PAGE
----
pyrajane’s review #34: The Coldest Girl in Coldtown by Holly Black

Whoops!  Wrote this one a while back and forgot to post it here.

I love love love Holly Black.  When I read Tithe for the first time, I found a kindred spirit.  I’ve read all of her YA and dug up a lot of her short stories in various anthologies.  I’ve been lucky to see her on a few different panels at different book events.  Even better, she lives a few towns over from me, so sometimes I’ll see her when I’m out.  And then I embarrass myself by trying to tell her how much I like her writing.  Seriously, it’s bad.  I once walked past her in a restaurant and didn’t want to interrupt her, so I planned on tossing out a quick “Thank you for writing” but instead I sang it.  I sang it.  “Thank yooooooooo… for wriiiiiiiiitinggggggg…..”  Think of the scene from Elf where they think Buddy is a sing-o-gram except make it horrific.  I don’t know what happened in my brain.  I then followed up with “I donnnnnn’t knowwwwww… why I am sinnnnnnngingggggg….”  She laughed and thanked me.  I went to the bathroom and realized I was going to have to walk by her table again on the way back to mine.  I’m in my thirties and I had just awkwardly and painfully serenaded a favorite author.  I think I managed to save it on the way back with a casual “I really love your books” as I passed by.  Smooth.

Coldtowns are where the vampires live.  And those who might become vampires.Coldtown And those who are obsessed and enthralled with vampires and want to serve them in any way.  It’s also where people are sent who are infected and if you can prove you’ve made it through your quarantine without turning, you can leave.  But no one ever seems to leave.

When you’re bit by a vampire, you get cold.  And hungry.  If you go Cold and then drink human blood, you’re done.  You get sicker, then you die, and then you come back to life, or whatever the category is for vampires.  The guideline for quarantine is eight-eight days.  If you can make it that long without taking human blood, you’ll be OK.  The problem is that when you’re craving blood, you will do anything to get it, including trying to kill your own daughter.

Read more about seventeen year old Tana, her bitten ex-boyfriend and a vampire that she’s either helping, or is waiting to kill her.

Look, I know that Twilight has done a lot of damage, but please don’t judge this book by those.  It’s really good and it’s not a “Ooooo, I’m going to write bad vampire YA to cash in!” book.  Black is an incredibly talented writer and had this been published before all the Twilight crap, it would be getting the love and attention it deserves.

And hey!  If you like Twilight, then check out a different tale of what happens when a teenage girl gets involved with a vampire.

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Caitlin’s #CBR5 #62: Not a Drop to Drink by Mindy McGinnis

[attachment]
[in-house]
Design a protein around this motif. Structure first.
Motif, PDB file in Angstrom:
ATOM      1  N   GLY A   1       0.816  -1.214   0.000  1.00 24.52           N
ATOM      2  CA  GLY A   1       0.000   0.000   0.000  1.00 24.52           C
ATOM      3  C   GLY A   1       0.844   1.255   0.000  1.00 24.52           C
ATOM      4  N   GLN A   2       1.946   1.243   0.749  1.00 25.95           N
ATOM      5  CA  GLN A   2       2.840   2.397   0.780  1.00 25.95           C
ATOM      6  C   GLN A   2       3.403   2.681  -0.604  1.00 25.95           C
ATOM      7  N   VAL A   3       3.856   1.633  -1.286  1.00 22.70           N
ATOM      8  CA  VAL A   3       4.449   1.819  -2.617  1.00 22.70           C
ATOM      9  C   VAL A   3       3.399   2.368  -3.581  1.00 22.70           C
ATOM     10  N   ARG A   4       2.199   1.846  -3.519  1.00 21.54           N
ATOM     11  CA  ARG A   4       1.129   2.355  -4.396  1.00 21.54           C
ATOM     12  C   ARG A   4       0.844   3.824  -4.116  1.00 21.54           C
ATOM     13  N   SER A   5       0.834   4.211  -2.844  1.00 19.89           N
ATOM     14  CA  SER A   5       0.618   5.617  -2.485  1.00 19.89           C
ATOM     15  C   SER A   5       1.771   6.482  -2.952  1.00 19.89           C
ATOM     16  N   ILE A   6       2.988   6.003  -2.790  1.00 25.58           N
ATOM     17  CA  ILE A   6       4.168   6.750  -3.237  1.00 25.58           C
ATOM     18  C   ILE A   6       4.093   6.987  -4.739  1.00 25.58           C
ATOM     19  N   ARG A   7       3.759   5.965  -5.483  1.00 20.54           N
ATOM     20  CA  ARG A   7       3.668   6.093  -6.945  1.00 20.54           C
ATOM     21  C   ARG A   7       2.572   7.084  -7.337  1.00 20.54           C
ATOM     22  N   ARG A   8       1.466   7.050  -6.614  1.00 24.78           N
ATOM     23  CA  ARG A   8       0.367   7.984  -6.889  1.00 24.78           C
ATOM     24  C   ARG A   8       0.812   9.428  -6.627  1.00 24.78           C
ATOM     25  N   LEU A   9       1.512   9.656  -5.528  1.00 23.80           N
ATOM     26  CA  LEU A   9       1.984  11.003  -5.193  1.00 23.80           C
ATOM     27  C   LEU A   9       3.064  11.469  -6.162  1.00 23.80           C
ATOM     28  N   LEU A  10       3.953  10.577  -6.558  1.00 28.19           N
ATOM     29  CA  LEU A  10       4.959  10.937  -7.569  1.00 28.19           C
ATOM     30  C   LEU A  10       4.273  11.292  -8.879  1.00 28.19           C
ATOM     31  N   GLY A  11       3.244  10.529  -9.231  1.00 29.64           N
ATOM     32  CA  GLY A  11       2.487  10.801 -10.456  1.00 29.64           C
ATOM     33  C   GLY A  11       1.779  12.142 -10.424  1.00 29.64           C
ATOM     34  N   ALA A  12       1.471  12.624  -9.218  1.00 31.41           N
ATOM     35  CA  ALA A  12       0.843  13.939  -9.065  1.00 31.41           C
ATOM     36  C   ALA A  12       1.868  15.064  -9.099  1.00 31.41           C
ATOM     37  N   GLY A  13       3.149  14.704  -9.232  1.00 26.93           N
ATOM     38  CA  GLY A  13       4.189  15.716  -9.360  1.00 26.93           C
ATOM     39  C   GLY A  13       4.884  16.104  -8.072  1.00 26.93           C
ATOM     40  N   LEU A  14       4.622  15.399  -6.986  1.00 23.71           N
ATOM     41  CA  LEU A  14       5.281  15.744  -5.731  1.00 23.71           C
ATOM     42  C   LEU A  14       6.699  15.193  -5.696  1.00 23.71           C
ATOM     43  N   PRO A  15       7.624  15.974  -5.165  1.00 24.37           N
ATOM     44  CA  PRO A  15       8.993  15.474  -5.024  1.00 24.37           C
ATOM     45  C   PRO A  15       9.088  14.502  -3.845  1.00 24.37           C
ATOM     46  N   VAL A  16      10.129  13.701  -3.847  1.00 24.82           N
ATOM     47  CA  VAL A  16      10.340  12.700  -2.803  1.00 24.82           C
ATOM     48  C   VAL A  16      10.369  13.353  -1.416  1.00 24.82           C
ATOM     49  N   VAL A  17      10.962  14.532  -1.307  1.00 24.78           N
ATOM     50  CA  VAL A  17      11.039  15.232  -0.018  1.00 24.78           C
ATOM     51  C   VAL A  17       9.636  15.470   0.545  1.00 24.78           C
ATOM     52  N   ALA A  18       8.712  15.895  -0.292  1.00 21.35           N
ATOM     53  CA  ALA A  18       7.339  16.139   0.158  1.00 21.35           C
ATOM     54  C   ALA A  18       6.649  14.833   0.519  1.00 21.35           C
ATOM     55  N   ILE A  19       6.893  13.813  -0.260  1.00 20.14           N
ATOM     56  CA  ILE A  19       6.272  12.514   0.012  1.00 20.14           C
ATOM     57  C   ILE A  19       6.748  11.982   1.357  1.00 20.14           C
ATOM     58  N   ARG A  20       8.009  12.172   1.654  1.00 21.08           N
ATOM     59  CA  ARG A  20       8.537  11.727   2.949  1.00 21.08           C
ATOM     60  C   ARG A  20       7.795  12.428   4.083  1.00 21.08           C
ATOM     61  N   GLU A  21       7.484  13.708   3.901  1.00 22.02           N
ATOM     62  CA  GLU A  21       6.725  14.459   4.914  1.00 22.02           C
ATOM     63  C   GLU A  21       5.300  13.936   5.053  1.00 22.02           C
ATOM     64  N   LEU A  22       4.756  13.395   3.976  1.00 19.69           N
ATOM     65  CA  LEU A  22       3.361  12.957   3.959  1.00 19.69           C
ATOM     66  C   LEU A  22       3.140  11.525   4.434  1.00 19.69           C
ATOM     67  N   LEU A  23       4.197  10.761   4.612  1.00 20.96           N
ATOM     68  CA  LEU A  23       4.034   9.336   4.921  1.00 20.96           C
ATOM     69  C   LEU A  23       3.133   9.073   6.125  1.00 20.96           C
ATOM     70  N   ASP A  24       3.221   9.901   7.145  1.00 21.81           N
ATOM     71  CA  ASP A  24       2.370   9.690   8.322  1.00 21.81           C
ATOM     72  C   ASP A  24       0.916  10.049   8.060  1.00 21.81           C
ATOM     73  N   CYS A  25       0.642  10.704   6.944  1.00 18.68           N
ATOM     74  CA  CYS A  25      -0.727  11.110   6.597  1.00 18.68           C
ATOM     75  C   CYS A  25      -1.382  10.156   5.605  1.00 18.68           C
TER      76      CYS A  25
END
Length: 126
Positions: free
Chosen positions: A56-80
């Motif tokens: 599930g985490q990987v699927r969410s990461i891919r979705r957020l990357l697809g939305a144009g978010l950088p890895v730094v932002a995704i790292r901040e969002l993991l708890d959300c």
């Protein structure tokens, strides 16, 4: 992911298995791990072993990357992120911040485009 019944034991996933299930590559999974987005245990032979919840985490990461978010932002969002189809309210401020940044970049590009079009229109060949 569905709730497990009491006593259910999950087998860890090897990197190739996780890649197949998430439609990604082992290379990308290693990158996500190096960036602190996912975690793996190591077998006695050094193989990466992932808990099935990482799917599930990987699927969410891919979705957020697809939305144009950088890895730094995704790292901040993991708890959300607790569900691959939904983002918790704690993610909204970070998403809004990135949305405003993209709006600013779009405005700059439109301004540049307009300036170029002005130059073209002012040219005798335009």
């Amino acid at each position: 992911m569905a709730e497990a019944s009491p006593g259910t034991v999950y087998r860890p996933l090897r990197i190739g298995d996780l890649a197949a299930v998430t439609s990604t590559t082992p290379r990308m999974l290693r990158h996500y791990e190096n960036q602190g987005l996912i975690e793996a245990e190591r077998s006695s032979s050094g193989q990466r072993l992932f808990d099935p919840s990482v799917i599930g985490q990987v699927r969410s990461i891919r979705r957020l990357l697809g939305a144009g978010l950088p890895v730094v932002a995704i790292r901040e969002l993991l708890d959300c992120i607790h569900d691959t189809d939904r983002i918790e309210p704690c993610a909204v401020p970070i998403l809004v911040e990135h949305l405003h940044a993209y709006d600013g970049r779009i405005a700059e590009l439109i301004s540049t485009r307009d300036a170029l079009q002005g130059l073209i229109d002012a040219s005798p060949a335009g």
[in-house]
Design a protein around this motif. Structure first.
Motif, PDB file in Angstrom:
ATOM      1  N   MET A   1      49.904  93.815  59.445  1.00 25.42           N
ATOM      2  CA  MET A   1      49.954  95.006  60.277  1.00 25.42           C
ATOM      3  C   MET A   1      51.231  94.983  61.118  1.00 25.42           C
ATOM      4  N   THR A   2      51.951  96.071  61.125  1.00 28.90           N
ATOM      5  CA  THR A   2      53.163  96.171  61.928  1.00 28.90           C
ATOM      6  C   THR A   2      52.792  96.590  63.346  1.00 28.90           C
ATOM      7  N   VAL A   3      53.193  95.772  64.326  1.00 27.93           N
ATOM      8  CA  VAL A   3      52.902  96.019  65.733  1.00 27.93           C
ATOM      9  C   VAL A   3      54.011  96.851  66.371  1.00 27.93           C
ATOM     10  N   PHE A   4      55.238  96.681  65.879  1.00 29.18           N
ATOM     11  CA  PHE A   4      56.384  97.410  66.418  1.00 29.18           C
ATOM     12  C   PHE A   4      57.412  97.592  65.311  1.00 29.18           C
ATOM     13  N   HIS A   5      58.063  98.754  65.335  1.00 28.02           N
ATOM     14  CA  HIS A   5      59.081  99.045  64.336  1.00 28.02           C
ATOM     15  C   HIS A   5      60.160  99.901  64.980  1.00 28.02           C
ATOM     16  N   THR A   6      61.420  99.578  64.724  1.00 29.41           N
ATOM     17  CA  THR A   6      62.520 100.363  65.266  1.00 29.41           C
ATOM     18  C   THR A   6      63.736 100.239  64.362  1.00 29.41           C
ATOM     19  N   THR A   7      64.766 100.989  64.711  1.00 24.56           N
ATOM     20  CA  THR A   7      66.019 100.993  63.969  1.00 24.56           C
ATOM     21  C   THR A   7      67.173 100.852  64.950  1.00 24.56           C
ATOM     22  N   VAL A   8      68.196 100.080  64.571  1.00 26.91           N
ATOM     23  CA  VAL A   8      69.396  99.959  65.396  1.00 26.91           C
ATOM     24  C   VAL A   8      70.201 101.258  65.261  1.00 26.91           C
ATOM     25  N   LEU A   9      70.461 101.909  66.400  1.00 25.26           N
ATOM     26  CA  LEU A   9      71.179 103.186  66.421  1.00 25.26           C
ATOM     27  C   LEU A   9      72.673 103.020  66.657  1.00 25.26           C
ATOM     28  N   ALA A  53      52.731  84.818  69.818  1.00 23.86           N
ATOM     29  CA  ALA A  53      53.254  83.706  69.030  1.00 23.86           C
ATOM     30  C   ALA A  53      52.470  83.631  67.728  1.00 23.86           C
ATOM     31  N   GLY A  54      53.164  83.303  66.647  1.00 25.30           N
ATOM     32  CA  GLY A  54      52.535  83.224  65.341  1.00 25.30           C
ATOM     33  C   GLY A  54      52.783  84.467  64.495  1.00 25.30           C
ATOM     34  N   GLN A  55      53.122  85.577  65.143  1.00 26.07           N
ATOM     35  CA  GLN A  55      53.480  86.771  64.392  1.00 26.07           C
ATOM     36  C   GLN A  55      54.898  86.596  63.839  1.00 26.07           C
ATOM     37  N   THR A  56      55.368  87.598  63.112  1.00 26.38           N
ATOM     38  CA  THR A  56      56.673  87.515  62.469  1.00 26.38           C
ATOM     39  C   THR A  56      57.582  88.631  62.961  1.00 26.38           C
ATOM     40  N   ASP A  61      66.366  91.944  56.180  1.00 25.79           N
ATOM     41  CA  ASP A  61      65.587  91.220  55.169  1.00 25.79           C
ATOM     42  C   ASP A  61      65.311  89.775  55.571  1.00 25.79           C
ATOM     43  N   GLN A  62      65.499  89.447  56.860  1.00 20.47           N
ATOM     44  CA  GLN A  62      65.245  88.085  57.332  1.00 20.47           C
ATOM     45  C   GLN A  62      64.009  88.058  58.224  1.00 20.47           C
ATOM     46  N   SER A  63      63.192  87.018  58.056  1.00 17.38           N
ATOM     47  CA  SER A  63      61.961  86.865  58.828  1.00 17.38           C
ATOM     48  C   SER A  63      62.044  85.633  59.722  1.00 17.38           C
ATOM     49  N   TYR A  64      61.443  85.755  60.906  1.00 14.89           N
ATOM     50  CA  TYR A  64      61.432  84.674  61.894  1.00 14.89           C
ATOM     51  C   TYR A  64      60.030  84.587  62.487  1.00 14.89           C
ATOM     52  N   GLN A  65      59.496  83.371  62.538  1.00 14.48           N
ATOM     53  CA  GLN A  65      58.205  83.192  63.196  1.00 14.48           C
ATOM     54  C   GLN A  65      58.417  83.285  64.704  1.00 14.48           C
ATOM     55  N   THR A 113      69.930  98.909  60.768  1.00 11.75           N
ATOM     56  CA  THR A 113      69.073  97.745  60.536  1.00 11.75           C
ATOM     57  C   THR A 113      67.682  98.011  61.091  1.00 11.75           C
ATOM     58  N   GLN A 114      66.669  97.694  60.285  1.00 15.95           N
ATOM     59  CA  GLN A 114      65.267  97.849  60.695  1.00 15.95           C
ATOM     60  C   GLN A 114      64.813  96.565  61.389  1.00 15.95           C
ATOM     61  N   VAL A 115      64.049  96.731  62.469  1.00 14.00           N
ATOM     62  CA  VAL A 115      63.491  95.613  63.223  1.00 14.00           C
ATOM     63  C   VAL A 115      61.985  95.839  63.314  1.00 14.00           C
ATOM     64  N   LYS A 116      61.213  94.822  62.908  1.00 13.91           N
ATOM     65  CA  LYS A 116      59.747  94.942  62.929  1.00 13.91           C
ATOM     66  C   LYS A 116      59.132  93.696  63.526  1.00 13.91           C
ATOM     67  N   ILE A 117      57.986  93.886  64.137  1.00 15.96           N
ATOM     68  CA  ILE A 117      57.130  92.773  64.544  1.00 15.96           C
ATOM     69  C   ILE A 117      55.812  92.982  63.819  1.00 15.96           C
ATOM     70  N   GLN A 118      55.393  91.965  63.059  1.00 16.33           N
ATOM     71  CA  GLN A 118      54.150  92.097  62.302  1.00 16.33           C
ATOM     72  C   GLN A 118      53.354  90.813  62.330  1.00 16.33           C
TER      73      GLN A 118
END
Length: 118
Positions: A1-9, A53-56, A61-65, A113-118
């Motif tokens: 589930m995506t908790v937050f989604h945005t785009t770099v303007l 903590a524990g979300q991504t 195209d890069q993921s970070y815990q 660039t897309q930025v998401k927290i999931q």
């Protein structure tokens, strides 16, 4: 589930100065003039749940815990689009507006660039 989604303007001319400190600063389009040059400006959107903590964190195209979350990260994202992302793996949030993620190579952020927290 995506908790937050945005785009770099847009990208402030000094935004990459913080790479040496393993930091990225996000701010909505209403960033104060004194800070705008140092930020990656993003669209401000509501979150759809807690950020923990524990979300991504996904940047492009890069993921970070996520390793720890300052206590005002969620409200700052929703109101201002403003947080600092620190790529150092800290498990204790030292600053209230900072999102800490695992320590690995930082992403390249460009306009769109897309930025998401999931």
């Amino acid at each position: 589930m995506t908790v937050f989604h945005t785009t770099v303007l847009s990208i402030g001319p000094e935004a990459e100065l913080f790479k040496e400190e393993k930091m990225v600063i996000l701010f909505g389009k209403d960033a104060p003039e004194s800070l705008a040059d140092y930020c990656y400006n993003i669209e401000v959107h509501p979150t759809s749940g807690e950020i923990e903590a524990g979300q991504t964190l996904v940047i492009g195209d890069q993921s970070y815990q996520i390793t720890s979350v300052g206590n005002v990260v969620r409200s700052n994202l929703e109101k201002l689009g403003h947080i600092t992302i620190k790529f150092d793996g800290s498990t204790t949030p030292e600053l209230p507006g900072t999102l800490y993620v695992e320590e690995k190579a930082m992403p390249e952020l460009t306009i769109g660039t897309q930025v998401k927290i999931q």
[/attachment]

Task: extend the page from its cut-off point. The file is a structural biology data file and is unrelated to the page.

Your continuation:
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This is a really good book, plus one of the few that aren’t part of a series. It’s a world where water is running out. Lynn and her mother live on a farm and protect their little pond. There’s lots of action and drama. I loved how Lynn’s character changes and grows from her isolated life with her mother to her less isolated life after she ends up on her own.

Seriously, this was a great book. You can read my full review here.

Caitlin’s #CBR5 #61: Bubble World by Carol Snow

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This is an interesting book about a girl who lives on an island utopia…except it’s not what it seems. It ends up being some sort of junior matrix situation, where teenagers who have difficulty in the real world are hooked up to computers and live virtual lives. I wasn’t expecting that at all when I started the book, and it ended up being much more interesting than I thought it would be.

You can read my full review here.

Caitlin’s #CBR5 #60: OCD Love Story by Corey Ann Haydu

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This was a really different YA novel, told from the point of view of a young lady afflicted with obsessive compulsive disorder. She joins a support group for OCD and starts a relationship with a boy from the group.

The book is told entirely from the girl’s point of view. Some parts are really cringe-inducing, more so than your normal YA drama. It’s a little heavier than some books, but I really enjoyed the story and characters, and the glimpse of a different point of view.

You can read my full review here.

Caitlin’s #CBR5 #58: Between the Devil and the Deep Blue Sea by April Genevieve Tucholke

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I really liked this book. It’s creepy and moody. It will seem like nothing is going on, then all of a sudden ALL OF THE STUFF HAPPENS.
It’s about a girl in a small southern town who meets a mysterious stranger with a secret. A dangerous secret, of course. It’s all very Twilight-y, but I liked it anyways.
You can read my review here.

Popcultureboy’s #CBR5 Review #105: The Fault In Our Stars by John Green

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Because reading one YA novel dealing with cancer this year simply wasn’t enough. I had to have more. And effing eff, am I glad I read this book. Of course, everyone else in the world already has read it, so you all know how bloody wonderful it is. But don’t let that stop you reading my full review. It’s on my blog here.

Jen K’s #CBR5 Review #101: Eleanor and Park by Rainbow Rowell

Considering that I read this a few months ago, I’m not quite as late to the party as it looks, but I’m still rather late.  As much as I enjoyed Attachments, and as much as I trusted everyone else’s recommendations, I was still a bit skeptical.  I think this might be because almost every other piece of YA I’ve read is on the dystopian or fantasy side of things.  How could a story about two teenagers in the ’80s be that exciting or groundbreaking?

Full review.